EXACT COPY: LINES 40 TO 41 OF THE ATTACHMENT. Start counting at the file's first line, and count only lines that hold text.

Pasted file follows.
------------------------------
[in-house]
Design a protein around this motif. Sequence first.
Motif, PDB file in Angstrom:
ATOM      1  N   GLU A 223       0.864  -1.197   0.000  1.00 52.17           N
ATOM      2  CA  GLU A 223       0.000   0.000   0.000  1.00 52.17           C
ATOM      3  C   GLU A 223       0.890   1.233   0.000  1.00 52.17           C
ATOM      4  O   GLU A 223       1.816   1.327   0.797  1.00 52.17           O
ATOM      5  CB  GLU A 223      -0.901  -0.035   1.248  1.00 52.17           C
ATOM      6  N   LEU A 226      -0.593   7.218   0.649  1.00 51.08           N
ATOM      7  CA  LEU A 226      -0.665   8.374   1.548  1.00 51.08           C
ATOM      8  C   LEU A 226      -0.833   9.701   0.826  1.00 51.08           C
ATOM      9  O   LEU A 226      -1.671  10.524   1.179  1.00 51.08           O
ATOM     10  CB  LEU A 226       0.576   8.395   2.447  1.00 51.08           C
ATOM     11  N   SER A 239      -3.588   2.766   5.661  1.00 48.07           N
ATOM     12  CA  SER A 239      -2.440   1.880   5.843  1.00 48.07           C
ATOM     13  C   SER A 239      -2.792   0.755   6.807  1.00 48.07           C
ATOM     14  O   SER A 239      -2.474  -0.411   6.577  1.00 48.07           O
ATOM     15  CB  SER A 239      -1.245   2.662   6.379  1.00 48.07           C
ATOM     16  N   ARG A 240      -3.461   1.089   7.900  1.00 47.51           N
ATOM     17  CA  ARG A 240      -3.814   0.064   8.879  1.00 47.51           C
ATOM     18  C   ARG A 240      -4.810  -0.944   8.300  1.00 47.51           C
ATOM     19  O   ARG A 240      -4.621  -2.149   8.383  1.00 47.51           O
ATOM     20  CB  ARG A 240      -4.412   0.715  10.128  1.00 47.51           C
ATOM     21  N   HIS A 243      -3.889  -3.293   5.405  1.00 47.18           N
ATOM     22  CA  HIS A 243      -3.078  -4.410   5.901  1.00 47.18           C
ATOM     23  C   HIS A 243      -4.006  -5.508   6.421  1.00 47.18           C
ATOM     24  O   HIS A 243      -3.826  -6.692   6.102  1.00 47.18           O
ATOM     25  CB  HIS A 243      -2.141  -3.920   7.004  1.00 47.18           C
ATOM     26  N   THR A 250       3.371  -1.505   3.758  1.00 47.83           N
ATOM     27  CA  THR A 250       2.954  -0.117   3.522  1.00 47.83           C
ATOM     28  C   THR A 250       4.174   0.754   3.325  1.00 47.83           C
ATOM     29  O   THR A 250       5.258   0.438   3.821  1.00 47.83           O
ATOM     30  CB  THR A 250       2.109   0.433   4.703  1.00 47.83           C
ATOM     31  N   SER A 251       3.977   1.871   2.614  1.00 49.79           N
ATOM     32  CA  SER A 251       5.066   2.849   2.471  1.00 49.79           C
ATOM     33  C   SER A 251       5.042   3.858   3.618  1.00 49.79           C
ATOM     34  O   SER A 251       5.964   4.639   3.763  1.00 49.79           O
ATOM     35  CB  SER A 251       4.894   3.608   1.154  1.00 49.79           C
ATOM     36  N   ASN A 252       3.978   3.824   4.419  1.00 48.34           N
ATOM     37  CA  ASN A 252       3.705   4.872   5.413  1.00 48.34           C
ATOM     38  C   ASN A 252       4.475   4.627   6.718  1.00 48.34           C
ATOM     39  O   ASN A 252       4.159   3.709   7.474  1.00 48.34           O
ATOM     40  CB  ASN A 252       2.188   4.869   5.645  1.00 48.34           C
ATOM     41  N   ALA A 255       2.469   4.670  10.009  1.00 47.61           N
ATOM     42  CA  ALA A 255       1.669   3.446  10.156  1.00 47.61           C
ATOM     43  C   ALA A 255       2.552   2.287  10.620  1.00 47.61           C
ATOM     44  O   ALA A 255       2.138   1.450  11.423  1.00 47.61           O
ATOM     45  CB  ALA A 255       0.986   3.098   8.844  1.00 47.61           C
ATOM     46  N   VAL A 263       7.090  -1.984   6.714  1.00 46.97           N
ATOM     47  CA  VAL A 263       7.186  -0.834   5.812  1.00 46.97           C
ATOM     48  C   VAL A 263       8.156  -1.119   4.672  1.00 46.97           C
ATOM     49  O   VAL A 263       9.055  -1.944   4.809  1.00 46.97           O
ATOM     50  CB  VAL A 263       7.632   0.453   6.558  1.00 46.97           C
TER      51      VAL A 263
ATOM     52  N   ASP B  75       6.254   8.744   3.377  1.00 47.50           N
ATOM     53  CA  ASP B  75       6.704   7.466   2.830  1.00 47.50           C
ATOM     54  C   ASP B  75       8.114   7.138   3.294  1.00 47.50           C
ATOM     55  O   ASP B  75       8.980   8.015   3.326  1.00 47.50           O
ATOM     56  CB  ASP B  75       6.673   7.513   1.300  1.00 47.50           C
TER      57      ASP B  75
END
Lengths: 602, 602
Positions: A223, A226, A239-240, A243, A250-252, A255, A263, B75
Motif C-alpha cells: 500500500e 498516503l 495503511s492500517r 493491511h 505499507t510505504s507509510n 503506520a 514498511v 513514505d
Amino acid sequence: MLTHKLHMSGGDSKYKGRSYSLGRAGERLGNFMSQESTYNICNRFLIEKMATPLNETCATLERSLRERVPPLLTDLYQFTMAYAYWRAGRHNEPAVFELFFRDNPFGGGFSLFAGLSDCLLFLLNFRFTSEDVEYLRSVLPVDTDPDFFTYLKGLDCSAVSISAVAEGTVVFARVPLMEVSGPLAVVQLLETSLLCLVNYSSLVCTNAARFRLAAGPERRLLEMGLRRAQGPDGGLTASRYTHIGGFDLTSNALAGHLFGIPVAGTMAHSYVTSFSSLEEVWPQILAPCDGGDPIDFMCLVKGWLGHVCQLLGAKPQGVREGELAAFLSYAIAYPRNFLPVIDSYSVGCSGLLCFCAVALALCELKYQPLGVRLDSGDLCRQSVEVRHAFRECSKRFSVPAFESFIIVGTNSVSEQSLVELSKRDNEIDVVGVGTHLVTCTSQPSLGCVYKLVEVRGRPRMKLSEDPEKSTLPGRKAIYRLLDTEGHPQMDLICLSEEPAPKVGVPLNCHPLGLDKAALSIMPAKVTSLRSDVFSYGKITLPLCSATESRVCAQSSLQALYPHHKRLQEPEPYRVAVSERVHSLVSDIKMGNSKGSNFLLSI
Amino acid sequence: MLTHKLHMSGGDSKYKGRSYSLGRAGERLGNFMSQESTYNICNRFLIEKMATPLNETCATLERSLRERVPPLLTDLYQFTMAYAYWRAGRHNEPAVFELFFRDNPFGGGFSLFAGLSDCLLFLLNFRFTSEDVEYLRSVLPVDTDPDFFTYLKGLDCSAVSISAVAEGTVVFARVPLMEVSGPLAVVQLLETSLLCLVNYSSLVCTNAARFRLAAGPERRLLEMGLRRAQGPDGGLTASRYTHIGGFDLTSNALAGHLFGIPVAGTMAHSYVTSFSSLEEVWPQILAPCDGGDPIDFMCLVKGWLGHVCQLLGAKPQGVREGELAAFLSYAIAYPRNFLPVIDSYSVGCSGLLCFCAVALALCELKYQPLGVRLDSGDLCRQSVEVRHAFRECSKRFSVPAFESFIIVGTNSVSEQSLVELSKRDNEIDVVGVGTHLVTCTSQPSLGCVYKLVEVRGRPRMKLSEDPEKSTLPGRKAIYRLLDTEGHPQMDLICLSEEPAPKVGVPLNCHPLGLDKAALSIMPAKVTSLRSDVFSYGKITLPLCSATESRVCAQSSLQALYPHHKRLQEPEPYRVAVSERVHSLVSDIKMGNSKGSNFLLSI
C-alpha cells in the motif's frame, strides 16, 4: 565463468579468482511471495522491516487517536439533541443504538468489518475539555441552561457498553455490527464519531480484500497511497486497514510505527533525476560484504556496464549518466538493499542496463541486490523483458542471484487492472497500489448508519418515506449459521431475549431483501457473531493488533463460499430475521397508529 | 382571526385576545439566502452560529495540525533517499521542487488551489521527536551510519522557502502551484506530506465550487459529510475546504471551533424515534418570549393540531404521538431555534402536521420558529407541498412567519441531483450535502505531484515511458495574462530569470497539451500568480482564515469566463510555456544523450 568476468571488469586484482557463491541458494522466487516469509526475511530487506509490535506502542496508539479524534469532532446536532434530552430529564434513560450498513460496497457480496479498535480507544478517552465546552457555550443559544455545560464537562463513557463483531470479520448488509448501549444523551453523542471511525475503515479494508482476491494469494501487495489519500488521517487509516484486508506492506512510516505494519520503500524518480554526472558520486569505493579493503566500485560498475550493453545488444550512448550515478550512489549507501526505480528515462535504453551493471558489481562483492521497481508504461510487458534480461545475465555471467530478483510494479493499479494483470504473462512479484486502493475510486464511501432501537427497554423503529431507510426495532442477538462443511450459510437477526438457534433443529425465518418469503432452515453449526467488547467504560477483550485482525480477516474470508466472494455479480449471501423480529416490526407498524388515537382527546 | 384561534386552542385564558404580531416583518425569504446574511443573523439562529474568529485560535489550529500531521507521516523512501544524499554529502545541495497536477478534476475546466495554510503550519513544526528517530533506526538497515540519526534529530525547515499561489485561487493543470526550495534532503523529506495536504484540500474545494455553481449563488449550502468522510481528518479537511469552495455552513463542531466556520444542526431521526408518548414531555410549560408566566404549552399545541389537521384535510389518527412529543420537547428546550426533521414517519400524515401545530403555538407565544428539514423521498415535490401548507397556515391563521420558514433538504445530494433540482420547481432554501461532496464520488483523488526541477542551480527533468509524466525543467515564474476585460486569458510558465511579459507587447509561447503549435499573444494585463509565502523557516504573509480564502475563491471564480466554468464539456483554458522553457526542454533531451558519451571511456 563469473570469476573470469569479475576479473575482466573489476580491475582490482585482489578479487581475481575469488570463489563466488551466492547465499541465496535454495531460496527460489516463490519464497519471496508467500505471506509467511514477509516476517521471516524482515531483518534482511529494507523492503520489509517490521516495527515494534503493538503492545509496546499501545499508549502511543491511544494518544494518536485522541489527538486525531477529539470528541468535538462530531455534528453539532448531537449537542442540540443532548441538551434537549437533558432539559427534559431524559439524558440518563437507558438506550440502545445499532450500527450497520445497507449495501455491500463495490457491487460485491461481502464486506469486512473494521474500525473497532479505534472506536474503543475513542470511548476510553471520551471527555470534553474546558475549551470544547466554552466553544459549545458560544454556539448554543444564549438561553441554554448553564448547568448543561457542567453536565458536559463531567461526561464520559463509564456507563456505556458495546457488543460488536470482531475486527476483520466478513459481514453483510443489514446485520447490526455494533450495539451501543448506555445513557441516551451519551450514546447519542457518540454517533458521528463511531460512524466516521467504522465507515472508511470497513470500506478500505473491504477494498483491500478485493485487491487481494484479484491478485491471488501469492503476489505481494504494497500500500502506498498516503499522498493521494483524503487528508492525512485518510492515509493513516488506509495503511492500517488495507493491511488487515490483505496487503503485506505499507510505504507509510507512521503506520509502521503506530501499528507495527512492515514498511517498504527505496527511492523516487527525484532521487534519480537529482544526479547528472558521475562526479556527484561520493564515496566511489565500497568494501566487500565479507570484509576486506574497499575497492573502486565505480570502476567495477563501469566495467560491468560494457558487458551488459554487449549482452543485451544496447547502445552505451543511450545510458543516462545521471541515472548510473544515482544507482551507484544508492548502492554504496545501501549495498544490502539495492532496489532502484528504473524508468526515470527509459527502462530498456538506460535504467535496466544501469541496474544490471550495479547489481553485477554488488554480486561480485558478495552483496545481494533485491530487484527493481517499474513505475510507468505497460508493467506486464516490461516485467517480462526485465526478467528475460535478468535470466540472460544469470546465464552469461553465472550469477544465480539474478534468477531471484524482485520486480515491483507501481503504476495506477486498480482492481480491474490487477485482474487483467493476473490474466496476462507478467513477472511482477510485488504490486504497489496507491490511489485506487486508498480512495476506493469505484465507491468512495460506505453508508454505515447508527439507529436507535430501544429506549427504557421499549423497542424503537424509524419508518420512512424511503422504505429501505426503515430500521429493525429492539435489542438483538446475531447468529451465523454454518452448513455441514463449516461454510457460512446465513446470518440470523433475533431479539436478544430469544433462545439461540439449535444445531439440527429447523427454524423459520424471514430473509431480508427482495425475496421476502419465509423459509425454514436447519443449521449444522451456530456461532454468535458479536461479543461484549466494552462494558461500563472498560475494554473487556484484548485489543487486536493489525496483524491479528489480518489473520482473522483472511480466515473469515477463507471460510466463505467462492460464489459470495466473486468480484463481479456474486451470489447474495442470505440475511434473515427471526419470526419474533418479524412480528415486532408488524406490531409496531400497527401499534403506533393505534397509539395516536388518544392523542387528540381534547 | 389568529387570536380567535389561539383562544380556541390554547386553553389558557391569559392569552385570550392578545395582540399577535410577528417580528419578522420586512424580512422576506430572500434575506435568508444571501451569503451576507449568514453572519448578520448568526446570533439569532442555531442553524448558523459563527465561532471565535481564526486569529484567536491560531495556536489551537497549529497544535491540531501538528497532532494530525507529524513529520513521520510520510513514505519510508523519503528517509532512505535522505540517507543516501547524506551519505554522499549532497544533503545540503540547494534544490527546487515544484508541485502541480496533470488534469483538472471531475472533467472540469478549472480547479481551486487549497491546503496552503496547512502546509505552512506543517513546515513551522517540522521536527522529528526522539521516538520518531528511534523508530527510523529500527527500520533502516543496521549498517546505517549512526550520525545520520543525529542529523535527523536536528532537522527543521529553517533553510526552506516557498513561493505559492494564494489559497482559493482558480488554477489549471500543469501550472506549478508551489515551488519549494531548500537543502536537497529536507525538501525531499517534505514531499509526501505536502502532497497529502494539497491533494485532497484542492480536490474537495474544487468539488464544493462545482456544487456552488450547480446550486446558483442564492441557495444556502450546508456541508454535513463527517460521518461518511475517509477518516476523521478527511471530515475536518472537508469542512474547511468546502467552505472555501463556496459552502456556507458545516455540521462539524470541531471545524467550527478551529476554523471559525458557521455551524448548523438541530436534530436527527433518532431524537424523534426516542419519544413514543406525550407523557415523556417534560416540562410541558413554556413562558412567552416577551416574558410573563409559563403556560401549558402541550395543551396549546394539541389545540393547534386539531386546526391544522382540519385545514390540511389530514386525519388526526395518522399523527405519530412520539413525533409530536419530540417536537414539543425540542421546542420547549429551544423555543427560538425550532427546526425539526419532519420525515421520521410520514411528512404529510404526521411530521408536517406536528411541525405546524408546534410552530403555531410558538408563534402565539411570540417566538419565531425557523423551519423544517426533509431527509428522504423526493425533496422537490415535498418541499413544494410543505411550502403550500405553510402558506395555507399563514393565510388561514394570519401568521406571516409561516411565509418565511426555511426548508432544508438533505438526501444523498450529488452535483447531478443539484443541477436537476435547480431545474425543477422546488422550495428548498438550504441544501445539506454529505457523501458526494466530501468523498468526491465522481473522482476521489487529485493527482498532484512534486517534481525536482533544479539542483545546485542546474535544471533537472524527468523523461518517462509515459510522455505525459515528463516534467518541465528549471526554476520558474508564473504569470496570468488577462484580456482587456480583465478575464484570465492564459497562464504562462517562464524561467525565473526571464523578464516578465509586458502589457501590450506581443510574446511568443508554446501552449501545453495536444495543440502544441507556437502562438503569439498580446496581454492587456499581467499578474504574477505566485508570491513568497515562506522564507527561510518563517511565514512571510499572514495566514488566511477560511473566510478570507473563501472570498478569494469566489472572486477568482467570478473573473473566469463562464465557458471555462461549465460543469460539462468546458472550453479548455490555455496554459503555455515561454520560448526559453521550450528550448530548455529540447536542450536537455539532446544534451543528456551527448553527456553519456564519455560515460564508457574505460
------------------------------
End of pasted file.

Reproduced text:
ATOM     37  CA  ASN A 252       3.705   4.872   5.413  1.00 48.34           C
ATOM     38  C   ASN A 252       4.475   4.627   6.718  1.00 48.34           C